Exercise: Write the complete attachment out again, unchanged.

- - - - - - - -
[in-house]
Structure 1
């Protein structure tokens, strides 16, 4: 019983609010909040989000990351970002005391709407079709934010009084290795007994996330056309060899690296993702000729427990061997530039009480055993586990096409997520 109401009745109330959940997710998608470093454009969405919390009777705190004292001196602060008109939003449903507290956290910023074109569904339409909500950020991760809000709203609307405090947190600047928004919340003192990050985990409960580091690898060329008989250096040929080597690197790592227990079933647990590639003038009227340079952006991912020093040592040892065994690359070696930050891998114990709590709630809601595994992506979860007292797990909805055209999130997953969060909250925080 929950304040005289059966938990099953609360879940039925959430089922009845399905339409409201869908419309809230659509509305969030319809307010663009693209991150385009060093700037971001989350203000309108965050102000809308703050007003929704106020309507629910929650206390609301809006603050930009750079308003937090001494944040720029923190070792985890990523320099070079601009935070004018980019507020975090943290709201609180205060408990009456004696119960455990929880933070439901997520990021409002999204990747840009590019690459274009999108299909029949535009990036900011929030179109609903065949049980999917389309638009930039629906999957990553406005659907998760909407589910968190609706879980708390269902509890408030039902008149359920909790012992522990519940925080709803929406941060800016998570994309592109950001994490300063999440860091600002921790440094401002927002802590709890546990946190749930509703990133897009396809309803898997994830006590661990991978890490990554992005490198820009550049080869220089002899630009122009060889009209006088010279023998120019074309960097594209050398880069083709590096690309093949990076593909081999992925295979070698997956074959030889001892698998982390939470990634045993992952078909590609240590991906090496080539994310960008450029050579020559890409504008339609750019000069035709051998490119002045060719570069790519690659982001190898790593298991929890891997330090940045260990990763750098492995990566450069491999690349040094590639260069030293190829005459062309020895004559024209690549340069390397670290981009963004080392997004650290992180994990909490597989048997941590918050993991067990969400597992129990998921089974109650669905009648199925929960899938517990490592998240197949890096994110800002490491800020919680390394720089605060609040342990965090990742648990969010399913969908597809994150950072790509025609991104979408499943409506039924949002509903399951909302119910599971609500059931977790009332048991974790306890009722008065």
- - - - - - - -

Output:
[in-house]
Structure 1
């Protein structure tokens, strides 16, 4: 019983609010909040989000990351970002005391709407079709934010009084290795007994996330056309060899690296993702000729427990061997530039009480055993586990096409997520 109401009745109330959940997710998608470093454009969405919390009777705190004292001196602060008109939003449903507290956290910023074109569904339409909500950020991760809000709203609307405090947190600047928004919340003192990050985990409960580091690898060329008989250096040929080597690197790592227990079933647990590639003038009227340079952006991912020093040592040892065994690359070696930050891998114990709590709630809601595994992506979860007292797990909805055209999130997953969060909250925080 929950304040005289059966938990099953609360879940039925959430089922009845399905339409409201869908419309809230659509509305969030319809307010663009693209991150385009060093700037971001989350203000309108965050102000809308703050007003929704106020309507629910929650206390609301809006603050930009750079308003937090001494944040720029923190070792985890990523320099070079601009935070004018980019507020975090943290709201609180205060408990009456004696119960455990929880933070439901997520990021409002999204990747840009590019690459274009999108299909029949535009990036900011929030179109609903065949049980999917389309638009930039629906999957990553406005659907998760909407589910968190609706879980708390269902509890408030039902008149359920909790012992522990519940925080709803929406941060800016998570994309592109950001994490300063999440860091600002921790440094401002927002802590709890546990946190749930509703990133897009396809309803898997994830006590661990991978890490990554992005490198820009550049080869220089002899630009122009060889009209006088010279023998120019074309960097594209050398880069083709590096690309093949990076593909081999992925295979070698997956074959030889001892698998982390939470990634045993992952078909590609240590991906090496080539994310960008450029050579020559890409504008339609750019000069035709051998490119002045060719570069790519690659982001190898790593298991929890891997330090940045260990990763750098492995990566450069491999690349040094590639260069030293190829005459062309020895004559024209690549340069390397670290981009963004080392997004650290992180994990909490597989048997941590918050993991067990969400597992129990998921089974109650669905009648199925929960899938517990490592998240197949890096994110800002490491800020919680390394720089605060609040342990965090990742648990969010399913969908597809994150950072790509025609991104979408499943409506039924949002509903399951909302119910599971609500059931977790009332048991974790306890009722008065």